I split my time at Carnegie Mellon between two projects, my primary project dealt with identifying when
collaborative learning is occuring through speech, you can read more about it here in my final
paper. The second project was about code switching between English and Bantu langugaes.
Social Accommodation Theory states that when two people speak, their speaking styles will become either more or less similar depending on the outcome of their discourse. When a dialogue is constructive and the participants are engaging each other, they will start to speak more like each other. Each individual has a specific way of pronouncing different sounds, and the quantitative description of how the vowels are pronounced is known as a vowel space. By comparing the change in vowel spaces of individuals over the course of a dialogue and looking for convergence we can estimate the amount of influence they had on each other.
Transactive reasoning, when a speaker bases their argument off of the idea of another speaker, has consistently been shown to be an accurate predictor and an important part of learning. By identifying where transactive reasoning has occurred within a discourse, and charting the corresponding changes in the speakers' vowel spaces' we can train models to identify when transactive reasoning is occurring based on speech alone. This research supports the novel idea that you can glean information about acquiring or transforming a knowledge base solely by identifying relevant change of the sound waves produced in human speech.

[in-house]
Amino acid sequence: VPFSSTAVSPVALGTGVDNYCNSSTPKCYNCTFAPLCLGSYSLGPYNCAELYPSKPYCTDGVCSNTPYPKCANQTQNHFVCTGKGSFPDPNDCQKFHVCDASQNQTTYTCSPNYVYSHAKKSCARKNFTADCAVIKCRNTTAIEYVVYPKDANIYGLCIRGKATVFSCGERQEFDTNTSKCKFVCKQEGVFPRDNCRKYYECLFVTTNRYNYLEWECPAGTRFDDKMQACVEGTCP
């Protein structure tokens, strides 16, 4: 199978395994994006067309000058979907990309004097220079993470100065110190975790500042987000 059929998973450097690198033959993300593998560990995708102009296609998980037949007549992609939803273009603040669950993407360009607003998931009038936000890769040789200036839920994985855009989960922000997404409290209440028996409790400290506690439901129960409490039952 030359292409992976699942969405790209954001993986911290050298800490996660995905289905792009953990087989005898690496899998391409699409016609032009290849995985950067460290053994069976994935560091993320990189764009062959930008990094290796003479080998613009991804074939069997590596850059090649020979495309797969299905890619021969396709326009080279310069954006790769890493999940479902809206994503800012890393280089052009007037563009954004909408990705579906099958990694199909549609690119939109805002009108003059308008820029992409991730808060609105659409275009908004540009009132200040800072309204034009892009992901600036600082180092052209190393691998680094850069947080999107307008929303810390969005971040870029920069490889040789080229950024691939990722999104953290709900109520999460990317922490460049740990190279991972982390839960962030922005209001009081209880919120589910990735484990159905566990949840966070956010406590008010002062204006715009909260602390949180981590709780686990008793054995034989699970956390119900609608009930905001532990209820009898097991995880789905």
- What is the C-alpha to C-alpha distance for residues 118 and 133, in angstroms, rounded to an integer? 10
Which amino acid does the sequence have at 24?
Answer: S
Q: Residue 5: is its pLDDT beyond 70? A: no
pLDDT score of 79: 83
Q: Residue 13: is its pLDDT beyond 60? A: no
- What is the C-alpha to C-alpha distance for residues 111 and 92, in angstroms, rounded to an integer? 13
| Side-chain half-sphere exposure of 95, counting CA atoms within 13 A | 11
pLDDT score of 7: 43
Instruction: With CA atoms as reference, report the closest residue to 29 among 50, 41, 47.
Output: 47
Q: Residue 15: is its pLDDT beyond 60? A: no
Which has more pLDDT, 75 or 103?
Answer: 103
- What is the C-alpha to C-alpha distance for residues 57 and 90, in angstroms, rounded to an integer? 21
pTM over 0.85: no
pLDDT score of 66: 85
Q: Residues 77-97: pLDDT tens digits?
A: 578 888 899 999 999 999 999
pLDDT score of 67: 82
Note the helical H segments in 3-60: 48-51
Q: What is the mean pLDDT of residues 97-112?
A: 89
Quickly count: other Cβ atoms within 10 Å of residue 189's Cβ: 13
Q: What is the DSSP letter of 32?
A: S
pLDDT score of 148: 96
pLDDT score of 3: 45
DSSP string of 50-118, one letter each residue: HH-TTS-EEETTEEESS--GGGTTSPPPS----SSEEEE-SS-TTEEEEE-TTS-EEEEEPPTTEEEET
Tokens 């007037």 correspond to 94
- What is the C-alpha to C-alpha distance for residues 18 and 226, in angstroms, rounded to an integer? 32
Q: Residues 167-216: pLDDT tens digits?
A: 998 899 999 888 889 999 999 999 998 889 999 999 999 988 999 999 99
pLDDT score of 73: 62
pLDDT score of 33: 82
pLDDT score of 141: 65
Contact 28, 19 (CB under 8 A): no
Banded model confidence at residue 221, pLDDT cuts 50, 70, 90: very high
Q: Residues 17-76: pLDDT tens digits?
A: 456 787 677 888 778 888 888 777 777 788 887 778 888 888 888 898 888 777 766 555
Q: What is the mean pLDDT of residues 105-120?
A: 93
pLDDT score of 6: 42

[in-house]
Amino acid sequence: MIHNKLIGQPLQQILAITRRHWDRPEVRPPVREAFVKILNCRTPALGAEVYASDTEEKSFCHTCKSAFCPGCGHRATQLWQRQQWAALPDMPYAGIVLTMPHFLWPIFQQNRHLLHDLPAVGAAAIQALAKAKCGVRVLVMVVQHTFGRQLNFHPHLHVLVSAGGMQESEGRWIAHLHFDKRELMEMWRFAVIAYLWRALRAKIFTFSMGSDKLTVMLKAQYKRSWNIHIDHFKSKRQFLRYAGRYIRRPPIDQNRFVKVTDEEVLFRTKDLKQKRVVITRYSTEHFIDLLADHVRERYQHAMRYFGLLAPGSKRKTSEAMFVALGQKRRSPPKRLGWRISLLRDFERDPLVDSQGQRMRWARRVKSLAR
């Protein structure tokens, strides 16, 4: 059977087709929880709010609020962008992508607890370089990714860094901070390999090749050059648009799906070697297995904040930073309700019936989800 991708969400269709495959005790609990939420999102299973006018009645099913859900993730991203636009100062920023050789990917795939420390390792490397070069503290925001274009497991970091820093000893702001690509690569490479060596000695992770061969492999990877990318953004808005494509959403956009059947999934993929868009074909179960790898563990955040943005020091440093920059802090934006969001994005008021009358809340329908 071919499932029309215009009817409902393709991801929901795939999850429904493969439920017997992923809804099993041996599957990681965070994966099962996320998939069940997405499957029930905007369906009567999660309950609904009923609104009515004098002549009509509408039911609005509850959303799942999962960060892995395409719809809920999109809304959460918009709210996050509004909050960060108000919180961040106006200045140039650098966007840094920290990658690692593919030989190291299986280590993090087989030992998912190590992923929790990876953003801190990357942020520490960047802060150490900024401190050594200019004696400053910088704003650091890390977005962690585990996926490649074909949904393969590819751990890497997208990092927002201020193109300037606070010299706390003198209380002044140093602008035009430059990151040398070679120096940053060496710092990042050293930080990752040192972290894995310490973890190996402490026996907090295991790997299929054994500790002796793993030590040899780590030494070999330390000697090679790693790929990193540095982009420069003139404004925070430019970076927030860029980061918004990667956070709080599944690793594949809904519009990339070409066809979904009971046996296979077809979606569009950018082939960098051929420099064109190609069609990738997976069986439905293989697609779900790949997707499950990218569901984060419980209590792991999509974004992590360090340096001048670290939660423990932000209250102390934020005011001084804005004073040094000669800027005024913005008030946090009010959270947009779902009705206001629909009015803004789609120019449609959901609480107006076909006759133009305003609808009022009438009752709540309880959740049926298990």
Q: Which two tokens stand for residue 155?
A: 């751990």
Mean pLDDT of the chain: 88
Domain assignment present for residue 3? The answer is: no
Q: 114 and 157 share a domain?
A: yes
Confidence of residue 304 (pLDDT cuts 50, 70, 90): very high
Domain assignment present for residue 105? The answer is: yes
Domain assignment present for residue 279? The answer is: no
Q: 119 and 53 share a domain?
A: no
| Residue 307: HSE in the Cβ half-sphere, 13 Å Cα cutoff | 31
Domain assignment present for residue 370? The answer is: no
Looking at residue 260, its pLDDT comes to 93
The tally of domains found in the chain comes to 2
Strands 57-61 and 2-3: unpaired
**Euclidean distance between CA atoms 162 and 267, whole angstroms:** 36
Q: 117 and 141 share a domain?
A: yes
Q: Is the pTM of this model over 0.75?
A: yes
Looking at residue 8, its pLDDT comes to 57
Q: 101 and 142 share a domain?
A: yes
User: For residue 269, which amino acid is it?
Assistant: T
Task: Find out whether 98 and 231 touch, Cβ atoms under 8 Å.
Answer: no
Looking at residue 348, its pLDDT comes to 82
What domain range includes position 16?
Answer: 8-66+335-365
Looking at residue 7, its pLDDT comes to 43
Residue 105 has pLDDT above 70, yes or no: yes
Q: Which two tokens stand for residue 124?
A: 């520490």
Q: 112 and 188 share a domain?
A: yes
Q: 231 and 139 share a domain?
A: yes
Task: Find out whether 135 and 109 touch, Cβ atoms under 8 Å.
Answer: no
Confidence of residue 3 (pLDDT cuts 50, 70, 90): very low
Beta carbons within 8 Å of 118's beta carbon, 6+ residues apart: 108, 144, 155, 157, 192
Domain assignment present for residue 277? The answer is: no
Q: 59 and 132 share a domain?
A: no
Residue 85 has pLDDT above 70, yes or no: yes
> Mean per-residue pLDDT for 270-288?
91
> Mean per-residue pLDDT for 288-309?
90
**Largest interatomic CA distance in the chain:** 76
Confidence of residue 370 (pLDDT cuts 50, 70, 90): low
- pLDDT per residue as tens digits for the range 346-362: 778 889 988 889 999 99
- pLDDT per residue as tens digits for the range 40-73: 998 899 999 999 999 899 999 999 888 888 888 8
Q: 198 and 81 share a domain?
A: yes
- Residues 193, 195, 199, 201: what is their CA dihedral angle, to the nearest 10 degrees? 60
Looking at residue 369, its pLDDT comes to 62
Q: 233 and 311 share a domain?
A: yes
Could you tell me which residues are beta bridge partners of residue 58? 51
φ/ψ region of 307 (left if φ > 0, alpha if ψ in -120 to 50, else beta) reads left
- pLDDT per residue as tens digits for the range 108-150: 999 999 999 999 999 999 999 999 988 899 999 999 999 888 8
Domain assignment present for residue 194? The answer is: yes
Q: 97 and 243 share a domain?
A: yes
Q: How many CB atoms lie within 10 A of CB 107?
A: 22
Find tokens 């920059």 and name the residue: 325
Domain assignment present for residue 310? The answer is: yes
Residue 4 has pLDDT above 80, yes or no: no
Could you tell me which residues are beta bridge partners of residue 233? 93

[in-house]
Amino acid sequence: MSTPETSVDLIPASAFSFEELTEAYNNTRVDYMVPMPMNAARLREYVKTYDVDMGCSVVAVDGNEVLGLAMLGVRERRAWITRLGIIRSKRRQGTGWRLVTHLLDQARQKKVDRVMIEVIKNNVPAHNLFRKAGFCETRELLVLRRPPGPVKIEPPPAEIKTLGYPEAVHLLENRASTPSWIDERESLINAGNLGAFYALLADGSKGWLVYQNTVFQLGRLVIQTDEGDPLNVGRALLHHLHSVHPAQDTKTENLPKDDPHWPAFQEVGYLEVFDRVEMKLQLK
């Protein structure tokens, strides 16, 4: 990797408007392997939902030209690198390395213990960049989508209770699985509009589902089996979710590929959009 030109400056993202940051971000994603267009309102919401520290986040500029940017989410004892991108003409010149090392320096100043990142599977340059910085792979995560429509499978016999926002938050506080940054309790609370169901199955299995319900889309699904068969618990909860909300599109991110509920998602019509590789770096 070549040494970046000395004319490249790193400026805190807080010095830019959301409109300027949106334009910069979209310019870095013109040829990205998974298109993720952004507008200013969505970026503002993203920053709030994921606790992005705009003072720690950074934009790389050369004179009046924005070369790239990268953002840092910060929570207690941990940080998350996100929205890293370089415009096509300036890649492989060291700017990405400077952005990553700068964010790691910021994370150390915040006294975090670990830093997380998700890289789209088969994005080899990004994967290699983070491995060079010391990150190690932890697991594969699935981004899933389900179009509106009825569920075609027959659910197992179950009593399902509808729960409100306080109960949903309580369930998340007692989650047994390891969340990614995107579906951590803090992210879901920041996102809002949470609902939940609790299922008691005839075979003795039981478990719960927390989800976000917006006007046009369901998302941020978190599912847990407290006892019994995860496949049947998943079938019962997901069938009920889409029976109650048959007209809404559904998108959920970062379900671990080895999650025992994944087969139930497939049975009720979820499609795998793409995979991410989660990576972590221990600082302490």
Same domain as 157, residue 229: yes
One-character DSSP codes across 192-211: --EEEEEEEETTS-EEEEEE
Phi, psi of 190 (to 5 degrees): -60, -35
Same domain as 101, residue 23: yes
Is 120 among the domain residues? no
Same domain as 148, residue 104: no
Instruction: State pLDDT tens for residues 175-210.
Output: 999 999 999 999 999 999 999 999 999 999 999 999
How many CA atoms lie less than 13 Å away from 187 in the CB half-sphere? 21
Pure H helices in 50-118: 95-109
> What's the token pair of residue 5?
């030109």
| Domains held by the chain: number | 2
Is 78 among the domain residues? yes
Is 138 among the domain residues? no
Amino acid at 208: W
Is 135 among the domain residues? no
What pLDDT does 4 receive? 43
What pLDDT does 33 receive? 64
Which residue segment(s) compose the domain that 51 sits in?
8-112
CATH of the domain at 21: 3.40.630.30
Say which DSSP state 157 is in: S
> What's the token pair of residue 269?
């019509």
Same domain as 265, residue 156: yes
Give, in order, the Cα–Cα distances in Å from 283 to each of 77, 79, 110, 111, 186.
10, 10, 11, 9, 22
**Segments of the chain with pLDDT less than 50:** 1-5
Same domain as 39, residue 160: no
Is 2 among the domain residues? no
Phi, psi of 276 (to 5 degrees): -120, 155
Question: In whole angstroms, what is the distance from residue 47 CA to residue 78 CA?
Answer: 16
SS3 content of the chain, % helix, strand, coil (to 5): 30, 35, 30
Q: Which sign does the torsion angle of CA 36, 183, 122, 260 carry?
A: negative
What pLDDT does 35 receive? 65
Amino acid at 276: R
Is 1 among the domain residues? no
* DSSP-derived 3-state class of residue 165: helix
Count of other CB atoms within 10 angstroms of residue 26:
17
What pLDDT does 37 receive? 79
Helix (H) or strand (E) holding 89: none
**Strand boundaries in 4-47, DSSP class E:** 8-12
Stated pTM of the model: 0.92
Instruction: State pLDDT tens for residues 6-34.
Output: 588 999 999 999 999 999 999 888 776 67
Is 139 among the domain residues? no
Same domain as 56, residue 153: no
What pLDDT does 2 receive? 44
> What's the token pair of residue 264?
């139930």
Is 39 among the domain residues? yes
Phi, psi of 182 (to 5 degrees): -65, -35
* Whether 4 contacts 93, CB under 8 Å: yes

I also worked on a project that dealt with deriving the social context of code switching between English and Bantu Languages. In conversations between mulitlingual people there are often motivations to switch between the dominant, or matrix, language into a second langugae. The switch can occur for a reason as simple as the speaker was looking for a word that they don't know or doesn't exist in the matrix language. Code switching can also occur to affirm expressions of identity, or to highlight a commonality between the speakers, or to exclude any other present party from understanding. Bantu Languages are a branch of languages spoken in south and east Africa, and some of its languages, like Zulu and Swahili are widespread and well documented, many of its dialects are very low resource. We want to be able to identify surruptitious conversation in low resource Bantu languages. I did topic segmentation models and other analyses on English-Bantu corpora in order to help the research group decide which resources would be most helpful in tackling this project.